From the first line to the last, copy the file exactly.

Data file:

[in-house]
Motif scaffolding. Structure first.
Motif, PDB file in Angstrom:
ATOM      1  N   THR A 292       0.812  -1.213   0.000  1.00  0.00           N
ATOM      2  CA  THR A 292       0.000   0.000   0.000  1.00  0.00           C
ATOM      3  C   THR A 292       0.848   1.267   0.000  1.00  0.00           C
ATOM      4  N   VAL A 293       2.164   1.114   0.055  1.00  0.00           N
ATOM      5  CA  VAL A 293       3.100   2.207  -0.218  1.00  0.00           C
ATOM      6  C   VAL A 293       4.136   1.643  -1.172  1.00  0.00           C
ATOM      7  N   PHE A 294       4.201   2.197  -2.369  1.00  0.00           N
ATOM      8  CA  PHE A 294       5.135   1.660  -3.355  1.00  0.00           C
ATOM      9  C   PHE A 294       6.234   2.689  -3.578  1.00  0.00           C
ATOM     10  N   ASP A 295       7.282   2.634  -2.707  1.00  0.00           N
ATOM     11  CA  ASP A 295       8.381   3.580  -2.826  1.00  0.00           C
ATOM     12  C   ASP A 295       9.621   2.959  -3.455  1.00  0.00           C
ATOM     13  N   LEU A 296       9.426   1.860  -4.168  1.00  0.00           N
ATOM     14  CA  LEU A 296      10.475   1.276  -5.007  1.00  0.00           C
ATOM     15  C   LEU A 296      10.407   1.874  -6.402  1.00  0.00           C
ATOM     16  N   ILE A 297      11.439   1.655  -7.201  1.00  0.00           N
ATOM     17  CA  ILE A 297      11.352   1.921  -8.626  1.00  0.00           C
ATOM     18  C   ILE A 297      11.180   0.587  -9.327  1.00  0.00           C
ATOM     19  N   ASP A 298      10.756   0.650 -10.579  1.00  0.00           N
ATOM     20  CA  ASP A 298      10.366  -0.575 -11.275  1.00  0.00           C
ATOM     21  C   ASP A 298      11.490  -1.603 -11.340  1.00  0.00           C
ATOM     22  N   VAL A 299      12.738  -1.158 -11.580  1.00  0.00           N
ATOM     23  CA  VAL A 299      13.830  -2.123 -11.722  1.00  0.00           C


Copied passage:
[in-house]
Motif scaffolding. Structure first.
Motif, PDB file in Angstrom:
ATOM      1  N   THR A 292       0.812  -1.213   0.000  1.00  0.00           N
ATOM      2  CA  THR A 292       0.000   0.000   0.000  1.00  0.00           C
ATOM      3  C   THR A 292       0.848   1.267   0.000  1.00  0.00           C
ATOM      4  N   VAL A 293       2.164   1.114   0.055  1.00  0.00           N
ATOM      5  CA  VAL A 293       3.100   2.207  -0.218  1.00  0.00           C
ATOM      6  C   VAL A 293       4.136   1.643  -1.172  1.00  0.00           C
ATOM      7  N   PHE A 294       4.201   2.197  -2.369  1.00  0.00           N
ATOM      8  CA  PHE A 294       5.135   1.660  -3.355  1.00  0.00           C
ATOM      9  C   PHE A 294       6.234   2.689  -3.578  1.00  0.00           C
ATOM     10  N   ASP A 295       7.282   2.634  -2.707  1.00  0.00           N
ATOM     11  CA  ASP A 295       8.381   3.580  -2.826  1.00  0.00           C
ATOM     12  C   ASP A 295       9.621   2.959  -3.455  1.00  0.00           C
ATOM     13  N   LEU A 296       9.426   1.860  -4.168  1.00  0.00           N
ATOM     14  CA  LEU A 296      10.475   1.276  -5.007  1.00  0.00           C
ATOM     15  C   LEU A 296      10.407   1.874  -6.402  1.00  0.00           C
ATOM     16  N   ILE A 297      11.439   1.655  -7.201  1.00  0.00           N
ATOM     17  CA  ILE A 297      11.352   1.921  -8.626  1.00  0.00           C
ATOM     18  C   ILE A 297      11.180   0.587  -9.327  1.00  0.00           C
ATOM     19  N   ASP A 298      10.756   0.650 -10.579  1.00  0.00           N
ATOM     20  CA  ASP A 298      10.366  -0.575 -11.275  1.00  0.00           C
ATOM     21  C   ASP A 298      11.490  -1.603 -11.340  1.00  0.00           C
ATOM     22  N   VAL A 299      12.738  -1.158 -11.580  1.00  0.00           N
ATOM     23  CA  VAL A 299      13.830  -2.123 -11.722  1.00  0.00           C